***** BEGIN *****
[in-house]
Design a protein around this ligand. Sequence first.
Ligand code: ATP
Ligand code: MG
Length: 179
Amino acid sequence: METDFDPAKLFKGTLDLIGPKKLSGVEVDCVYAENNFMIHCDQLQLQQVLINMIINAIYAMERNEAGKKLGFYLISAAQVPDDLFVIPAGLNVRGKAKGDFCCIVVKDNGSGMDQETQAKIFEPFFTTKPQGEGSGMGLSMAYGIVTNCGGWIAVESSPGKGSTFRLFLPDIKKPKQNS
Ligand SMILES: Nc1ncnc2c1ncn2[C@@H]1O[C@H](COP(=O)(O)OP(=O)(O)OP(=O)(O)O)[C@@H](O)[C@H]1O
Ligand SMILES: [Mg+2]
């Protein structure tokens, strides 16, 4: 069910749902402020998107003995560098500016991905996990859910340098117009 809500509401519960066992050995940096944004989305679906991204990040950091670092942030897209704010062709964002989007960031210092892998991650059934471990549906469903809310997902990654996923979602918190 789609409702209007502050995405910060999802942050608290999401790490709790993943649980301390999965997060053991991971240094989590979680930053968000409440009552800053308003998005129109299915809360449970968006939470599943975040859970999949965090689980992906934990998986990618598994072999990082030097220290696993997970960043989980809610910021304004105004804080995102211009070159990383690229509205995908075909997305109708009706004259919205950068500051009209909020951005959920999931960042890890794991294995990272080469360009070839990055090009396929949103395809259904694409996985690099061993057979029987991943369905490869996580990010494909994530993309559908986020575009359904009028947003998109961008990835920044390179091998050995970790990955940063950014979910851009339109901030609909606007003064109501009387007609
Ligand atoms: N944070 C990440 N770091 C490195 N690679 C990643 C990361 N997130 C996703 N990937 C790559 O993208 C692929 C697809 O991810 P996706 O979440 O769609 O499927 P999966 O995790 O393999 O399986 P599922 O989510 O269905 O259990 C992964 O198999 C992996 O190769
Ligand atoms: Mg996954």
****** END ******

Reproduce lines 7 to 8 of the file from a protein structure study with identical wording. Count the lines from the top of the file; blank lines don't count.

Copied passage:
Ligand SMILES: Nc1ncnc2c1ncn2[C@@H]1O[C@H](COP(=O)(O)OP(=O)(O)OP(=O)(O)O)[C@@H](O)[C@H]1O
Ligand SMILES: [Mg+2]